Romeo & Juliet

Wednesday 13th – Sunday 24th July 2005 – Rowntree Park

Charles Hutchinson in the The Yorkshire Evening Press wrote:

The Nurse on the pink scooter had to go – that old enemy called insurance put paid to that idea – but Sarah Punshon’s revitalisation of Romeo And Juliet is still a fifties freshener to rival a Knickerbocker Glory.

Punshon is a hot catch for York Shakespeare Project: the Cambridge graduate has just spent 18 months at the West Yorkshire Playhouse as resident trainee director.

York Shakespeare Project had already secured permission to stage Romeo And Juliet on RowntreePark’s band stand, when fifties movie fan Punshon suggested a post-war setting of 1950s small-town Italy to add to the outdoor frisson.

“The chance to see my cast in full skirts and quiffs seemed too good to pass up,” she says.

West Side Story has passed this way before, but Punshon brings her own vision to Shakespeare’s play through audacious casting and bravura performances, and a design spec closer to William Wyler’s multi-coloured Roman Holiday than Fellini minimalism.

In her view, Romeo And Juliet is a comedy that quickly and irrevocably goes wrong, and the play’s early scenes reflect that philosophy.

Howard Spencer-Mosley, more often to be spotted as a stand-up comedian with an anarchic twinkle, brings a new physicality to Romeo; he is still poetic, with pencil and pad, but he flicks his fingers, cups his hands, spins around in ballet movement and flares into sudden violence. His ever- expressive eyes, however, are still the key to his shifting thoughts.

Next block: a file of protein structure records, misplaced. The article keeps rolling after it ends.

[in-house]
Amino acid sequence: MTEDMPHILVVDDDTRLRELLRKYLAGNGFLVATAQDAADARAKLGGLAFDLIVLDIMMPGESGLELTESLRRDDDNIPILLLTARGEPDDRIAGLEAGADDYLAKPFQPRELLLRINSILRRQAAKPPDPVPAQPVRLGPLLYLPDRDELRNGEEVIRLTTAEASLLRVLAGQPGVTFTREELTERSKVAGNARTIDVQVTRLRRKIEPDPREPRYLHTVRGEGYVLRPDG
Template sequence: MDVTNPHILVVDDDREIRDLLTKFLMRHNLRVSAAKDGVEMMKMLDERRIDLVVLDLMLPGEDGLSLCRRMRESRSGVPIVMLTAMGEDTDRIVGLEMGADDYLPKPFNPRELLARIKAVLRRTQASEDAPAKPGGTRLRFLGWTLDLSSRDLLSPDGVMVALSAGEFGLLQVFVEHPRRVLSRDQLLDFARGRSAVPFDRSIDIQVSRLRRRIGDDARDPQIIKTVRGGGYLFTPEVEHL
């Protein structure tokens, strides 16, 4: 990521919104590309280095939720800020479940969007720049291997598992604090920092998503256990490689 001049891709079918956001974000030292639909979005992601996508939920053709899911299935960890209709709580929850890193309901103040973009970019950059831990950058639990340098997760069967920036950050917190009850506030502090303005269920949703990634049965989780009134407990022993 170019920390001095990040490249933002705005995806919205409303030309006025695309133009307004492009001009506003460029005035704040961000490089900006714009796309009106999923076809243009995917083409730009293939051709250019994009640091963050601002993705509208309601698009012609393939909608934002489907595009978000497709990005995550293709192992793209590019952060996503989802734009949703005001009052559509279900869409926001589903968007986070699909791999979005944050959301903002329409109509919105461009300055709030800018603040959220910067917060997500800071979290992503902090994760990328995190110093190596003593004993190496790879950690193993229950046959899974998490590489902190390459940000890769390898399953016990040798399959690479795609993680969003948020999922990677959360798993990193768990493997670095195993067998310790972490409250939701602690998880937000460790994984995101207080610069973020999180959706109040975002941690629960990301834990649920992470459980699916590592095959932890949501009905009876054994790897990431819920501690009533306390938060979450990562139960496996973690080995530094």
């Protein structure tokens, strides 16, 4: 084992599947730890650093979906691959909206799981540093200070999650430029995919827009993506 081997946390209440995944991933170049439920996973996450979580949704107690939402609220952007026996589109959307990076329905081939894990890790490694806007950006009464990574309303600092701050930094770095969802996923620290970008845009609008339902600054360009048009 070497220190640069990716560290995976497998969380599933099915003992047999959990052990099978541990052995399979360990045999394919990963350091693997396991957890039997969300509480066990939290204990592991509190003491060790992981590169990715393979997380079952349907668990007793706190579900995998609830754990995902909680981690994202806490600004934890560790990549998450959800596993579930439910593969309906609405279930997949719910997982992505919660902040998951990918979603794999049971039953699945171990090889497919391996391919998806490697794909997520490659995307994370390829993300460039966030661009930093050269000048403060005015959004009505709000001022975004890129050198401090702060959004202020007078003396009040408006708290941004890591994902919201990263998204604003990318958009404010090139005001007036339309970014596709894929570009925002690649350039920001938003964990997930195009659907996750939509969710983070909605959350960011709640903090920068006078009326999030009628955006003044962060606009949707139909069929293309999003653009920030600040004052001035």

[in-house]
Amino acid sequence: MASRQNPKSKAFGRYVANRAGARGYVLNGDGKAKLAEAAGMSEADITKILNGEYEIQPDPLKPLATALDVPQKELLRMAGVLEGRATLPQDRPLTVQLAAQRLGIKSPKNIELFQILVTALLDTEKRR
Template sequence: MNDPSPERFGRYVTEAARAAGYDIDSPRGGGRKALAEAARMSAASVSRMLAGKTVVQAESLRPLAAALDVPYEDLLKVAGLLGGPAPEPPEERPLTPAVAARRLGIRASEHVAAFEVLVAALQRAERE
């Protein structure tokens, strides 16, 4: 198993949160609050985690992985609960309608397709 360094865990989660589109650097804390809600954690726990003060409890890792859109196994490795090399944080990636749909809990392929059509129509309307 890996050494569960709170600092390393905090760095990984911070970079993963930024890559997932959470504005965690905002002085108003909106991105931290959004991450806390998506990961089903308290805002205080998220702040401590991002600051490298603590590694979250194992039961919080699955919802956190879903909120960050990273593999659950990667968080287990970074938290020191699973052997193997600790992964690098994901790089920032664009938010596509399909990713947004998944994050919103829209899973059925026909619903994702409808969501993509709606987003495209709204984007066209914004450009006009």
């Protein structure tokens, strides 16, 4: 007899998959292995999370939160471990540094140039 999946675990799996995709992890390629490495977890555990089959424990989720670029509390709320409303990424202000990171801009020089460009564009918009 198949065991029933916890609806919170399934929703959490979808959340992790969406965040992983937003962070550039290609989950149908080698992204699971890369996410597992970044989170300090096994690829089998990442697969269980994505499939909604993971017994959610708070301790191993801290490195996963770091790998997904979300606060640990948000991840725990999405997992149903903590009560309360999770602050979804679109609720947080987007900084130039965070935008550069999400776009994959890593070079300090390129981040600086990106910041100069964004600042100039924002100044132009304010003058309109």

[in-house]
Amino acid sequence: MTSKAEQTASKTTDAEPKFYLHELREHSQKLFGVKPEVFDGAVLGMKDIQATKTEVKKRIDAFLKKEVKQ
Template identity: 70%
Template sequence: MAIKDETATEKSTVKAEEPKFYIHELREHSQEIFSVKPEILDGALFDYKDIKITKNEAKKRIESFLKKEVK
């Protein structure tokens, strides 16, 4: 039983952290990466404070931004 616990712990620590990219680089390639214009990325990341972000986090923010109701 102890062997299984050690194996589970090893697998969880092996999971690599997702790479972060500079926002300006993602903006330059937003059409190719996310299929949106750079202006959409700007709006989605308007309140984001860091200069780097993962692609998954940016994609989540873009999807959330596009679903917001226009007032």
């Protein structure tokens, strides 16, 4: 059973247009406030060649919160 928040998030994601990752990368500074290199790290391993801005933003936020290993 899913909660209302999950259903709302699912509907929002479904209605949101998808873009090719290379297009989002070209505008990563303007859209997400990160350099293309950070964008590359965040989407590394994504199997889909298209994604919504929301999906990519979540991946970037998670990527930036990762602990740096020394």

Katie Martin, a YorkSt John’sCollege student from Billingham, is a more distilled performer. Where the virtuoso Spencer-Mosley goes up and down the scales, she focuses more on the words than movement, and her north- eastern accent is a lovely instrument to hear (in the manner of Northern Broadsides’ Shakespeare shows).

The most radical casting choice is Cecily Boys, an ironic surname for a woman in the traditionally male role of Mercutio. The switch from boy to Boys works to the good: she is a comic dynamo, Queen Mab’s speech takes on an even tangier sauciness, and the fiery Tybalt’s deep-rooted hatred of the Montagues now sees no boundary between man or woman for murderous assault.

Ben Fogarty, as shaven nutter Tybalt, is another find, while real-life nurse Pauline Redman plays the Nurse to the manner born.

York Shakespeare Project has taken a big stride forward in the open air: now keep adding new faces and performing in different places.

See also: The British Theatre Guide review by Peter Lathan.


Lord Montague Harold Mozley
Lady Mntague Val Parker
Romeo Howard Spencer-Mosley
Benvolio David Crowley
Abram Laura Rafferty
Balthazar/Watchman Richard Hawley
Lord Capulet Ged Murray
Lady Capulet Ali Borthwick
Juliet Katie Martin
Tybalt Ben Fogarty
Nurse Pauline Redman
Susan Donna Preston
Sampson Stuart Jarman
Gregory Alan Flower
Potpan Sophie Gojewicz
Prince Escalus Jeremy Muldowney
Mercutio Cecily Boys
Paris Luke Dane
Friar Lawrence Kingsley G Hoffman
Apothecary/Prince’s Retainer Fran Tomlin
Anthony/Paris’ Page Emily Graham
Prince’s Retainer Krupa Rajangam
Chief Watchman Simon Trow
Watchmen David Wilson


Director Sarah Punshon
Producer Alan Lyons
Assistant Director Antonio Ferrara
Choreographer Vicky Rook
Fight Director Paul Toy
Set Designer Krupa Rajangam
Costume Designer Val Parker
Stage Manager Neil Millar
Deputy Stage Manager Jez Scott
Assistant Stage manager Ben Walden
Continuity Julia Atkinson
Properties Kirsty McKinnon
Set Builder Luke Dane
Costume Makers Sally Exley, Claire Gilham
Drapes Maker Marjorie Sharpe
Publicity, Posters, and Programme Ray Alexander
Front of House Ray Baggaley, Chris Rawson